NCCN Guidelines for Patients® | Diffuse Large B-cell Lymphoma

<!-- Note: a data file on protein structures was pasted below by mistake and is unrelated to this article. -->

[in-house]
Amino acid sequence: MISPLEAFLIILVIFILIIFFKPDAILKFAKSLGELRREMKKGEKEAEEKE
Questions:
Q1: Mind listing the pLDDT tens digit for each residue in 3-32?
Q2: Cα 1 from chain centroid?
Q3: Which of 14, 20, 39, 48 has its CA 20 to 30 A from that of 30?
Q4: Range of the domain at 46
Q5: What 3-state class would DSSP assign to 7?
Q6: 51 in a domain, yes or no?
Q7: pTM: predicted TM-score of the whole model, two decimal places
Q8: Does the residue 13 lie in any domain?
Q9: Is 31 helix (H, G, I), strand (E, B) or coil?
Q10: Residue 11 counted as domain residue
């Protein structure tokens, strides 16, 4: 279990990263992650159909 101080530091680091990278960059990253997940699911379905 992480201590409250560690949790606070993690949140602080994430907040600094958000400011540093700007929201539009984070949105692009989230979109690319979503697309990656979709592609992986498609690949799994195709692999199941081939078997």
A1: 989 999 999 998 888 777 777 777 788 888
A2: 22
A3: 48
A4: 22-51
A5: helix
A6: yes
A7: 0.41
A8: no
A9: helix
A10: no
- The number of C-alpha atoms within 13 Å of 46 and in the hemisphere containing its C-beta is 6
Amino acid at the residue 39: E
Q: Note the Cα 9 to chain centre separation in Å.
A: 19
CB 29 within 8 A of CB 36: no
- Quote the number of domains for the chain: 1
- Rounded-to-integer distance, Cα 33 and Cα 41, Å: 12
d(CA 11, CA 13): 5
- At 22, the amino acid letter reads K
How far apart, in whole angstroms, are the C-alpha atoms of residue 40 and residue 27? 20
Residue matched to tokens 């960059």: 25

33 NCCN Guidelines for Patients ® : Diffuse Large B-cell Lymphoma, 2017 Blood stem cell transplant Blood (hematopoietic) stem cells are cells from which all blood cells are formed. They mainly exist in bone marrow. Cancer or its treatment can damage or destroy blood stem cells. A blood stem cell transplant replaces damaged or destroyed stem cells with healthy stem cells. The healthy stem cells form new marrow and blood cells. There are two types of blood stem cell transplants. Autologous blood stem cell transplant Autologous blood stem cell transplant uses your healthy stem cells to repair bone marrow. This treatment is also called HDT/ASCR ( h igh- d ose t herapy with a utologous s tem c ell r escue). Your healthy stem cells will be collected when imaging tests show that cancer treatment is working. You will then receive intense chemotherapy and maybe radiation to destroy any remaining cancer cells. This intense treatment will also destroy bone marrow. Your healthy stem cells will be put back into your body to “rescue” your marrow. Allogeneic blood stem cell transplant Allogeneic blood stem cell transplant uses healthy stem cells from a donor. HLA ( h uman l eukocyte a ntigen) typing is the test used to check if the donor and your tissue type are a good fit. Chemotherapy will be given to destroy cancer cells and suppress your immune system from attacking the donor cells. The transplanted stem cells will form new marrow and attack remaining cancer cells. This attack is known as the GVT ( g raft- v ersus- t umor) effect. On the other hand, there is a serious risk of GVHD ( g raft- v ersus- h ost d isease). GVHD is when the donated cells see the cells in your body as foreign and attack them. What to expect A blood stem cell transplant is not an option for everyone. It can have severe side effects. Thus, it is not given to people who are frail or quite sick. Autologous blood stem cell transplant is more commonly used for DLBCL. Sometimes it is used if initial treatment doesn’t work or the cancer re- appears on tests. More details on this transplant are given next. Collecting your blood stem cells The first step of an autologous blood stem cell transplant is to collect your blood stem cells. Blood stem cells are found in the bone marrow and in the bloodstream. The methods to harvest differ based on collecting from marrow or blood. If stem cells are collected from blood, a process called apheresis will be done. First, medicine is given to increase the number of stem cells in blood. Then, some blood will be removed from a large vein most likely in your arm. The blood will flow through a tube and into a machine that removes stem cells. The rest of the blood will be returned through the other arm. Apheresis typically takes 4 to 6 hours and does not require anesthesia. It may take two or more sessions to obtain enough stem cells. During the procedure, you may have lightheadedness, chills, numbness around the lips, and cramping in the hands. Bone marrow aspiration is used to remove bone marrow. For this procedure, either regional anesthesia or general anesthesia is given. Next, a needle will be inserted through the skin into the hip bone to draw out the bone marrow. The needle must be inserted many times into one or more spots to collect enough marrow. The marrow will then be processed to collect the stem cells. Collection of the bone marrow takes about 1 hour. The entire hospital stay will likely be 6 to 8 hours, 3 Overview of cancer treatments Blood stem cell transplant